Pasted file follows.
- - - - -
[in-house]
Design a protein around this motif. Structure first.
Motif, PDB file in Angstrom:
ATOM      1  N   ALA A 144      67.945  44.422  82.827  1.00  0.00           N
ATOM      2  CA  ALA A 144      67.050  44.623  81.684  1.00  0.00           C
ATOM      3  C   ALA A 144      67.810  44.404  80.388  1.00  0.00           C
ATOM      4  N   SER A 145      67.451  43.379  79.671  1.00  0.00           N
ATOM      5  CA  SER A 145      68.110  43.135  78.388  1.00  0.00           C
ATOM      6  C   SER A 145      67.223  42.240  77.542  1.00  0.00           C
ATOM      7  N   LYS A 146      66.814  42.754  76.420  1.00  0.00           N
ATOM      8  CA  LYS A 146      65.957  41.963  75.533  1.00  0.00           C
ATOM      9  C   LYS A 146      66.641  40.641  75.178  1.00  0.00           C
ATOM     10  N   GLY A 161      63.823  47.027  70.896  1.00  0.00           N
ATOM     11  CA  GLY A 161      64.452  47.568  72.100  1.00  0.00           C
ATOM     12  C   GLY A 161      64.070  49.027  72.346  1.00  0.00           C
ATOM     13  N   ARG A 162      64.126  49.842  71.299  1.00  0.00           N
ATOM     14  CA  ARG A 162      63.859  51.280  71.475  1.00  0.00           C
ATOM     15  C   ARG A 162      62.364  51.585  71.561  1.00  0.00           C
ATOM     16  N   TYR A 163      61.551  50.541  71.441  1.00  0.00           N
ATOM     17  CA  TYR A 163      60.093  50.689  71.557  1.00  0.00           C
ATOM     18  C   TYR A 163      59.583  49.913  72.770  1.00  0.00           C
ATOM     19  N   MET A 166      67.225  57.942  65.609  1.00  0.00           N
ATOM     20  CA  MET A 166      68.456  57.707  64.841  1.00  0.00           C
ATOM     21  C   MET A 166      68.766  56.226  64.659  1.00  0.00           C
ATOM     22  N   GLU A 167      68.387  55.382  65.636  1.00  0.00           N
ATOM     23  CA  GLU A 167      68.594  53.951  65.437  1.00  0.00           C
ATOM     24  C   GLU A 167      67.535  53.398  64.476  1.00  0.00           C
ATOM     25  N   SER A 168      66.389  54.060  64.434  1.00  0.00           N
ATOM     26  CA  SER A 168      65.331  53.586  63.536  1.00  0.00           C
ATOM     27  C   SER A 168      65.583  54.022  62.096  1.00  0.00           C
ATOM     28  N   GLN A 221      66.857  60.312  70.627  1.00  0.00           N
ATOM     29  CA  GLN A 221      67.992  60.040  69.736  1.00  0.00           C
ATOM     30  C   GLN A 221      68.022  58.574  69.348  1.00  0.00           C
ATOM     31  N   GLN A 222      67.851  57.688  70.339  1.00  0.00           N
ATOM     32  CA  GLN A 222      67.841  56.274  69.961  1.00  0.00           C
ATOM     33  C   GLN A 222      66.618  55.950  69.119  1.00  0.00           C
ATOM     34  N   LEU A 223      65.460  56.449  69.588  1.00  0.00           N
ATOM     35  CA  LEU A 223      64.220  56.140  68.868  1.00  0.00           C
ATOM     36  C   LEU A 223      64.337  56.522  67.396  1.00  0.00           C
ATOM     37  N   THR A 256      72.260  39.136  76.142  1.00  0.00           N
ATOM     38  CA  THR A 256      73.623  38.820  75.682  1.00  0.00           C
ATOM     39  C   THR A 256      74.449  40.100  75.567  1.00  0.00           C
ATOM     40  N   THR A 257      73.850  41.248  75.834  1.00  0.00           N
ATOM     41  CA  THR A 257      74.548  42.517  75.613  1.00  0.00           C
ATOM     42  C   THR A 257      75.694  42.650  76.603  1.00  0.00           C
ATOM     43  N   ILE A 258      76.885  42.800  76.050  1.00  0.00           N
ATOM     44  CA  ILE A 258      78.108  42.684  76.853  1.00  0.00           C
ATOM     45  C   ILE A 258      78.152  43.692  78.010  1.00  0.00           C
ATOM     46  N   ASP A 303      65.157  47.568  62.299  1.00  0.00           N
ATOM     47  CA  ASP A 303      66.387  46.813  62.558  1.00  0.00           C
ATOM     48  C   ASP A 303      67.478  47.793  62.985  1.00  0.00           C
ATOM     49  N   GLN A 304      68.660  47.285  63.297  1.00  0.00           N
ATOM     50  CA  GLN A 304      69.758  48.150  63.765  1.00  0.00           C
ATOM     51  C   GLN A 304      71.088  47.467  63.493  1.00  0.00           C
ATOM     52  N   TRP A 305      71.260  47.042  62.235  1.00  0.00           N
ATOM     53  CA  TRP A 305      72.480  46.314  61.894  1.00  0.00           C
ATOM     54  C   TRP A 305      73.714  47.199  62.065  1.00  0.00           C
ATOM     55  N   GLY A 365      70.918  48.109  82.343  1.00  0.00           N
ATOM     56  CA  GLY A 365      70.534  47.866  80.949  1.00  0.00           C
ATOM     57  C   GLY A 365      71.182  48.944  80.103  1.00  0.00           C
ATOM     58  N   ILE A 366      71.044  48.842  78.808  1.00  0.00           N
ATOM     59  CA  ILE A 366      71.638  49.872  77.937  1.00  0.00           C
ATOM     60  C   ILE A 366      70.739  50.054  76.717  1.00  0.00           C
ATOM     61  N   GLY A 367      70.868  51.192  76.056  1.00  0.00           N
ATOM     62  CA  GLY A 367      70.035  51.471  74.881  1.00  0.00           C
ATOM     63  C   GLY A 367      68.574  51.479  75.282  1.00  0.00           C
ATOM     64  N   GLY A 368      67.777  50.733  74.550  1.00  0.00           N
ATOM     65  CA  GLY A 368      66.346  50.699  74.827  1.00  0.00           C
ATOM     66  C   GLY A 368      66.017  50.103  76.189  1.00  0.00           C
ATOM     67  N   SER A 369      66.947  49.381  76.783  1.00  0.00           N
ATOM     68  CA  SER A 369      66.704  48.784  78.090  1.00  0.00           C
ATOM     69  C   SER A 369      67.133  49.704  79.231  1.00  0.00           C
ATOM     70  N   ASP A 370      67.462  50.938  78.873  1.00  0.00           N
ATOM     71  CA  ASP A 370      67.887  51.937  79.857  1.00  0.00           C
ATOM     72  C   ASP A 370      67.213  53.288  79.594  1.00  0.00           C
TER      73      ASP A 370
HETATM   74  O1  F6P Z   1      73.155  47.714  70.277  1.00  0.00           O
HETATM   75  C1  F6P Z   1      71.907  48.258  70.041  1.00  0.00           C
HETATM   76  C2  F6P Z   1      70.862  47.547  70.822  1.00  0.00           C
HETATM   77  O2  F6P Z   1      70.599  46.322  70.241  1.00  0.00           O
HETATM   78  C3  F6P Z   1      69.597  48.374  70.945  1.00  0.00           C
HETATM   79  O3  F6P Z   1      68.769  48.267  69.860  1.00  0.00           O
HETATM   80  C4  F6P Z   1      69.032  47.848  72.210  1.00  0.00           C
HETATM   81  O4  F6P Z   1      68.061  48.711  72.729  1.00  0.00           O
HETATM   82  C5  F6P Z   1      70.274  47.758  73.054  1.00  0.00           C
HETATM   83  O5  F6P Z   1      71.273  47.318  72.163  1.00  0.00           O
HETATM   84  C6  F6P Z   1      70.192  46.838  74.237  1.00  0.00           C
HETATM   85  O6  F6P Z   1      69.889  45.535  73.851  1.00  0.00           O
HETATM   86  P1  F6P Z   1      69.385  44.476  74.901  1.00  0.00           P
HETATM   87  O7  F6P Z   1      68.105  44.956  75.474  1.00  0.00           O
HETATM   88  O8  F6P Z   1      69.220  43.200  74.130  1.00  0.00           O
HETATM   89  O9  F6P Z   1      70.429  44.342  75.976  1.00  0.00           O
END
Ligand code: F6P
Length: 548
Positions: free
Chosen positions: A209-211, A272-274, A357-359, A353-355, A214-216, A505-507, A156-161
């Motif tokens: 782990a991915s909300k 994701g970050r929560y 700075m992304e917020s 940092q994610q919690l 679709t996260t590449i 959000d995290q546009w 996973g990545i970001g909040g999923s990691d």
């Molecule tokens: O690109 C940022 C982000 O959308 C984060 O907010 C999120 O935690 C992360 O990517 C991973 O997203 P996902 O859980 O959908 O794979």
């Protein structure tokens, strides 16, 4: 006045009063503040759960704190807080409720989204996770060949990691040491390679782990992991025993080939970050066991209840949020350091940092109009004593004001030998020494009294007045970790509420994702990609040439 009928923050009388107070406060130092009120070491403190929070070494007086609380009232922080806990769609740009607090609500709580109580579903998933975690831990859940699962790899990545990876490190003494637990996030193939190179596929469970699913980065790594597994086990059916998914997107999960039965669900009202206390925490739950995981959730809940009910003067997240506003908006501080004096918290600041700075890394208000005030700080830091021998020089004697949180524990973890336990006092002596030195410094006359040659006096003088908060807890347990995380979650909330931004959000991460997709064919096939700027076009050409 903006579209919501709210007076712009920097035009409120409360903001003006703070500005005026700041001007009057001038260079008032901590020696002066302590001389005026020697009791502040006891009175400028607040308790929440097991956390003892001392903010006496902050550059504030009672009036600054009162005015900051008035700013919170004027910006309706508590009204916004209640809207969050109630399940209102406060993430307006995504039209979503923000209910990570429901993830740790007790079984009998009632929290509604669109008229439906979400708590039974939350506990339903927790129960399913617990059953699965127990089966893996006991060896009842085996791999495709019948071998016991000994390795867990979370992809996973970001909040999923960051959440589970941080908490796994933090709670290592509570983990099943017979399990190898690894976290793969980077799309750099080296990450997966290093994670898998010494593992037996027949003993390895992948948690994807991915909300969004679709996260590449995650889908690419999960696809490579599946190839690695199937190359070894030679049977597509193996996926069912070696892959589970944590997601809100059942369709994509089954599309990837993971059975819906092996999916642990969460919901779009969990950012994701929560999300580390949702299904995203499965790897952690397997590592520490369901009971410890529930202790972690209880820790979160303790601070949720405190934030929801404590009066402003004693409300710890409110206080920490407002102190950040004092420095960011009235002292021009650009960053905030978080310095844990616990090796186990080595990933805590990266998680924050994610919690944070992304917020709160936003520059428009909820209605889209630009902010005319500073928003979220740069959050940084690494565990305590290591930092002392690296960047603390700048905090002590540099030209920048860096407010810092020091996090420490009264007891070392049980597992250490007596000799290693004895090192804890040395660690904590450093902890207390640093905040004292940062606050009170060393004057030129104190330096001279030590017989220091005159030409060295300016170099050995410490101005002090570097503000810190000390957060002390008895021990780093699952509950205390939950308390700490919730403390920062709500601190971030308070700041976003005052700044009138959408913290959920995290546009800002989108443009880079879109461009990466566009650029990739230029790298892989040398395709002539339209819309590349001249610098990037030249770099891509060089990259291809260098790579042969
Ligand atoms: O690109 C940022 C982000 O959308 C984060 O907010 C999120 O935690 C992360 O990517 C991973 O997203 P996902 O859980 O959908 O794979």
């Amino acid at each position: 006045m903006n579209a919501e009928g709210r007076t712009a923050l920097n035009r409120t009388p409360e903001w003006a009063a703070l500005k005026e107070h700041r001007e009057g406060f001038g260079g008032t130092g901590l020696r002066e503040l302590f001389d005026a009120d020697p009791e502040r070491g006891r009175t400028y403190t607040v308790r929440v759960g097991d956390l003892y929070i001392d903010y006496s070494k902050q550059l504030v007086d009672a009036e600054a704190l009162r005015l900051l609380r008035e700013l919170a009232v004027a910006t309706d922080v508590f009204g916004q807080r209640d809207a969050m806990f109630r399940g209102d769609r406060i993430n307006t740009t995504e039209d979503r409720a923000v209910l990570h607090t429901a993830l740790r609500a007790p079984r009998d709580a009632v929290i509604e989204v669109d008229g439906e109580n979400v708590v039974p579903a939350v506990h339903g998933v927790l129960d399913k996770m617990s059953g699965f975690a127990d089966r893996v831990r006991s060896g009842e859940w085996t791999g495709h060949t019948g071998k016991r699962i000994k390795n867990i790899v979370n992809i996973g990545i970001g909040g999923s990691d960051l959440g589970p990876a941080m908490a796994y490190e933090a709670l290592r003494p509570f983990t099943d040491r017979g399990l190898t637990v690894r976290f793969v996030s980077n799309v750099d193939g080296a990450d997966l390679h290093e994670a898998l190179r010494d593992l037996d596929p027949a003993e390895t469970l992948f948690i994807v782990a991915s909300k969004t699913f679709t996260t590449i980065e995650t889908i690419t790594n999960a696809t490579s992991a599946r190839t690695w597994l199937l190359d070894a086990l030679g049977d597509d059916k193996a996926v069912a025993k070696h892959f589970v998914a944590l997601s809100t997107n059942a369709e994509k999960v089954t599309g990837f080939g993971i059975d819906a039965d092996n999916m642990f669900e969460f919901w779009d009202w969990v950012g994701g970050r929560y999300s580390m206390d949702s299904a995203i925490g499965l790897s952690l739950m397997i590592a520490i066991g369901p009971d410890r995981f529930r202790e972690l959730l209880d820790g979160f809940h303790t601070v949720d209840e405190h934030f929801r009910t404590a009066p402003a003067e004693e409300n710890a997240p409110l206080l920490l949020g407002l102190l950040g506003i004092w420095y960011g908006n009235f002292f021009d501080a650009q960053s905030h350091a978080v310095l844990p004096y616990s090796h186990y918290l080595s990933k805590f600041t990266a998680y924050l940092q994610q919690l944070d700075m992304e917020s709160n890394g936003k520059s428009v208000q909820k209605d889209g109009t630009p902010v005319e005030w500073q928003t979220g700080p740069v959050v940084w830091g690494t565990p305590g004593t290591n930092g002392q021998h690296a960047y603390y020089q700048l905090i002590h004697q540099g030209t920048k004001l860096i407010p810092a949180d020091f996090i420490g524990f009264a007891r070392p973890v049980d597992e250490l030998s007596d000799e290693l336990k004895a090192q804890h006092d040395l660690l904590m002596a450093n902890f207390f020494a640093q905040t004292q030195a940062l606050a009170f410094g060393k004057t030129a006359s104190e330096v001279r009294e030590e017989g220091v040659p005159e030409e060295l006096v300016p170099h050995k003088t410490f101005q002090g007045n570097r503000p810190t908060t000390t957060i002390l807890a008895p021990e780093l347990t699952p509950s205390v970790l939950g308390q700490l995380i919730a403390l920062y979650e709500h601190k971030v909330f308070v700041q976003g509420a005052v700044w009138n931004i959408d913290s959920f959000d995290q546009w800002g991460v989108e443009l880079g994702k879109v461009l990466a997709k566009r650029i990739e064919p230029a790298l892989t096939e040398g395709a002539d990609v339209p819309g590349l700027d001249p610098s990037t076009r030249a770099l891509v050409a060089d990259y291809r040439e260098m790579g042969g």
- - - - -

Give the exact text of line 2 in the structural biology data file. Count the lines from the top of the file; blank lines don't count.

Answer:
Design a protein around this motif. Structure first.